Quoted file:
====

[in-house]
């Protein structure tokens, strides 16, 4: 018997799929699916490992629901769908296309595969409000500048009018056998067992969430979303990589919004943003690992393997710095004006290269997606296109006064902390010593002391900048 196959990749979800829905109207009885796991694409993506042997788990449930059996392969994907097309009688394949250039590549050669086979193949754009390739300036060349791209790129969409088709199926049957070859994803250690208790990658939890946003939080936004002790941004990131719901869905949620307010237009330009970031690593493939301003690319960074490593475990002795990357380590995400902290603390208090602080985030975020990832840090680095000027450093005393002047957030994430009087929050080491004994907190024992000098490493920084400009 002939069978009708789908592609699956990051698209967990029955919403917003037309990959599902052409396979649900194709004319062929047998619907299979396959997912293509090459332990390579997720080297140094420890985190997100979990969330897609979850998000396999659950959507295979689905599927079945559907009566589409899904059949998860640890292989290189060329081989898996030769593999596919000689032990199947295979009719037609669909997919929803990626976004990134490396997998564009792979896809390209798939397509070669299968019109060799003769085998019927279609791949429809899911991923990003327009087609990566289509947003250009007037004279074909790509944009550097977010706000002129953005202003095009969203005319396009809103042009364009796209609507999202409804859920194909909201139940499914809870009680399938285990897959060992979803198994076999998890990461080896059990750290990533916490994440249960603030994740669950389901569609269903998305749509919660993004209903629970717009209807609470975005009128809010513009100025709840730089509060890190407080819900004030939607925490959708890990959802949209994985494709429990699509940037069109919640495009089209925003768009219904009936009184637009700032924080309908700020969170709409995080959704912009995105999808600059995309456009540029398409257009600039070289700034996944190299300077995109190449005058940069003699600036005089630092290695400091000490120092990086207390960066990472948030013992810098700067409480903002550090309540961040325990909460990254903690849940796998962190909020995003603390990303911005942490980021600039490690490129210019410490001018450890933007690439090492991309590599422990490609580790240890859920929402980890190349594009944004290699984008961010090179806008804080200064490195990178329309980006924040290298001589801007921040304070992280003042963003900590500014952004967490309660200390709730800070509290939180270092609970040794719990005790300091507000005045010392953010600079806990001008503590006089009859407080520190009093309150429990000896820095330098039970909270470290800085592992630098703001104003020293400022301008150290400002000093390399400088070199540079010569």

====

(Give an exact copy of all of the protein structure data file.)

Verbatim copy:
[in-house]
């Protein structure tokens, strides 16, 4: 018997799929699916490992629901769908296309595969409000500048009018056998067992969430979303990589919004943003690992393997710095004006290269997606296109006064902390010593002391900048 196959990749979800829905109207009885796991694409993506042997788990449930059996392969994907097309009688394949250039590549050669086979193949754009390739300036060349791209790129969409088709199926049957070859994803250690208790990658939890946003939080936004002790941004990131719901869905949620307010237009330009970031690593493939301003690319960074490593475990002795990357380590995400902290603390208090602080985030975020990832840090680095000027450093005393002047957030994430009087929050080491004994907190024992000098490493920084400009 002939069978009708789908592609699956990051698209967990029955919403917003037309990959599902052409396979649900194709004319062929047998619907299979396959997912293509090459332990390579997720080297140094420890985190997100979990969330897609979850998000396999659950959507295979689905599927079945559907009566589409899904059949998860640890292989290189060329081989898996030769593999596919000689032990199947295979009719037609669909997919929803990626976004990134490396997998564009792979896809390209798939397509070669299968019109060799003769085998019927279609791949429809899911991923990003327009087609990566289509947003250009007037004279074909790509944009550097977010706000002129953005202003095009969203005319396009809103042009364009796209609507999202409804859920194909909201139940499914809870009680399938285990897959060992979803198994076999998890990461080896059990750290990533916490994440249960603030994740669950389901569609269903998305749509919660993004209903629970717009209807609470975005009128809010513009100025709840730089509060890190407080819900004030939607925490959708890990959802949209994985494709429990699509940037069109919640495009089209925003768009219904009936009184637009700032924080309908700020969170709409995080959704912009995105999808600059995309456009540029398409257009600039070289700034996944190299300077995109190449005058940069003699600036005089630092290695400091000490120092990086207390960066990472948030013992810098700067409480903002550090309540961040325990909460990254903690849940796998962190909020995003603390990303911005942490980021600039490690490129210019410490001018450890933007690439090492991309590599422990490609580790240890859920929402980890190349594009944004290699984008961010090179806008804080200064490195990178329309980006924040290298001589801007921040304070992280003042963003900590500014952004967490309660200390709730800070509290939180270092609970040794719990005790300091507000005045010392953010600079806990001008503590006089009859407080520190009093309150429990000896820095330098039970909270470290800085592992630098703001104003020293400022301008150290400002000093390399400088070199540079010569």